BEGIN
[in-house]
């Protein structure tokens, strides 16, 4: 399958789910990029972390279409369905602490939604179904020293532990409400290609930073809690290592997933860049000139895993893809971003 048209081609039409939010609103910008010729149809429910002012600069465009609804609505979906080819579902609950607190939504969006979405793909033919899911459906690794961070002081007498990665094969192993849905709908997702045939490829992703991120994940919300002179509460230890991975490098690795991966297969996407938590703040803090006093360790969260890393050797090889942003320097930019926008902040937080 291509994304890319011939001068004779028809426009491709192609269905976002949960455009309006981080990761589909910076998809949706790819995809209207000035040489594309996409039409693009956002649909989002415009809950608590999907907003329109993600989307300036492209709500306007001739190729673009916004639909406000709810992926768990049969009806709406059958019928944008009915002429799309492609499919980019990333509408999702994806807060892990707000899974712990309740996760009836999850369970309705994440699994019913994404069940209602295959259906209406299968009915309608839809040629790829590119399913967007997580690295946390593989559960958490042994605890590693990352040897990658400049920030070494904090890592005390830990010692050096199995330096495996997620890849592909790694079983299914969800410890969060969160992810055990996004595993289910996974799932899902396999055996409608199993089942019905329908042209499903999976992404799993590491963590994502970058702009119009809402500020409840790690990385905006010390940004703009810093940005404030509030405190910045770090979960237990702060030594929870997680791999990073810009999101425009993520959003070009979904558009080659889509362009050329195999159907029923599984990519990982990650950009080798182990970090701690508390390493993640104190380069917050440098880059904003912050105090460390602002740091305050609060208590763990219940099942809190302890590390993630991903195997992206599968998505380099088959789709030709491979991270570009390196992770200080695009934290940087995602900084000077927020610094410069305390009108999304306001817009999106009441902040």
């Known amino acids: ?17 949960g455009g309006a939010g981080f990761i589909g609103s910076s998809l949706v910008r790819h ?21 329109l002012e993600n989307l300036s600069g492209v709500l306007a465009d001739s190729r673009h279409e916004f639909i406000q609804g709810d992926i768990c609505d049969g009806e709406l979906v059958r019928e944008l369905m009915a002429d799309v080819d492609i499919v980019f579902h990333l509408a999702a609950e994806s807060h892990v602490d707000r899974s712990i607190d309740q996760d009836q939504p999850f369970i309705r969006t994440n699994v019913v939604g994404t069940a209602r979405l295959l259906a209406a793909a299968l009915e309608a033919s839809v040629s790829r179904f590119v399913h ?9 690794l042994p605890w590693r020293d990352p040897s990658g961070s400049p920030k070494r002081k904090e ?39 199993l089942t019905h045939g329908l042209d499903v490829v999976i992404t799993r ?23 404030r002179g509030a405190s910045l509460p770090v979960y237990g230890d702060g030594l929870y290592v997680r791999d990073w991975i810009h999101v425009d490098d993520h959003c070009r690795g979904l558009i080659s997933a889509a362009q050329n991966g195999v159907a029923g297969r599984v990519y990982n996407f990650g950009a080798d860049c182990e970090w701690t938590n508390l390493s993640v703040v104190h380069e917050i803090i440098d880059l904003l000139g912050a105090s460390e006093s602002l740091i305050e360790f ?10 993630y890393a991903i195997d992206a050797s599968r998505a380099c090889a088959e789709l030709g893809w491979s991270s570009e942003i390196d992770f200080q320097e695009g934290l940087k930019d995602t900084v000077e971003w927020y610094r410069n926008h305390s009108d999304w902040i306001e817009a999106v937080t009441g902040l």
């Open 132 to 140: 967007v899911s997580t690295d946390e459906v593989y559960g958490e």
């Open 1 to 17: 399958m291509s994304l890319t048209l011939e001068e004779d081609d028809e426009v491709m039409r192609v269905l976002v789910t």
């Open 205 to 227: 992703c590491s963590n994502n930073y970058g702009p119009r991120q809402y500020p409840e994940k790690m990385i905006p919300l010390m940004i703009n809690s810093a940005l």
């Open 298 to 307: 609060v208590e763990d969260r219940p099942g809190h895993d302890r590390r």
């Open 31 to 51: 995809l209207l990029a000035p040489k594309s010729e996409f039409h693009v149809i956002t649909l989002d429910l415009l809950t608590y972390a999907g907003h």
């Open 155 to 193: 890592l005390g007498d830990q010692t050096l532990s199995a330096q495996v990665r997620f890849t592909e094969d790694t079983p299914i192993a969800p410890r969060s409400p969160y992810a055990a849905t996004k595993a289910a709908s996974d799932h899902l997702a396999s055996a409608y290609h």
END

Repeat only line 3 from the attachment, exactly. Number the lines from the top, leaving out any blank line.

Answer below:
């Known amino acids: ?17 949960g455009g309006a939010g981080f990761i589909g609103s910076s998809l949706v910008r790819h ?21 329109l002012e993600n989307l300036s600069g492209v709500l306007a465009d001739s190729r673009h279409e916004f639909i406000q609804g709810d992926i768990c609505d049969g009806e709406l979906v059958r019928e944008l369905m009915a002429d799309v080819d492609i499919v980019f579902h990333l509408a999702a609950e994806s807060h892990v602490d707000r899974s712990i607190d309740q996760d009836q939504p999850f369970i309705r969006t994440n699994v019913v939604g994404t069940a209602r979405l295959l259906a209406a793909a299968l009915e309608a033919s839809v040629s790829r179904f590119v399913h ?9 690794l042994p605890w590693r020293d990352p040897s990658g961070s400049p920030k070494r002081k904090e ?39 199993l089942t019905h045939g329908l042209d499903v490829v999976i992404t799993r ?23 404030r002179g509030a405190s910045l509460p770090v979960y237990g230890d702060g030594l929870y290592v997680r791999d990073w991975i810009h999101v425009d490098d993520h959003c070009r690795g979904l558009i080659s997933a889509a362009q050329n991966g195999v159907a029923g297969r599984v990519y990982n996407f990650g950009a080798d860049c182990e970090w701690t938590n508390l390493s993640v703040v104190h380069e917050i803090i440098d880059l904003l000139g912050a105090s460390e006093s602002l740091i305050e360790f ?10 993630y890393a991903i195997d992206a050797s599968r998505a380099c090889a088959e789709l030709g893809w491979s991270s570009e942003i390196d992770f200080q320097e695009g934290l940087k930019d995602t900084v000077e971003w927020y610094r410069n926008h305390s009108d999304w902040i306001e817009a999106v937080t009441g902040l």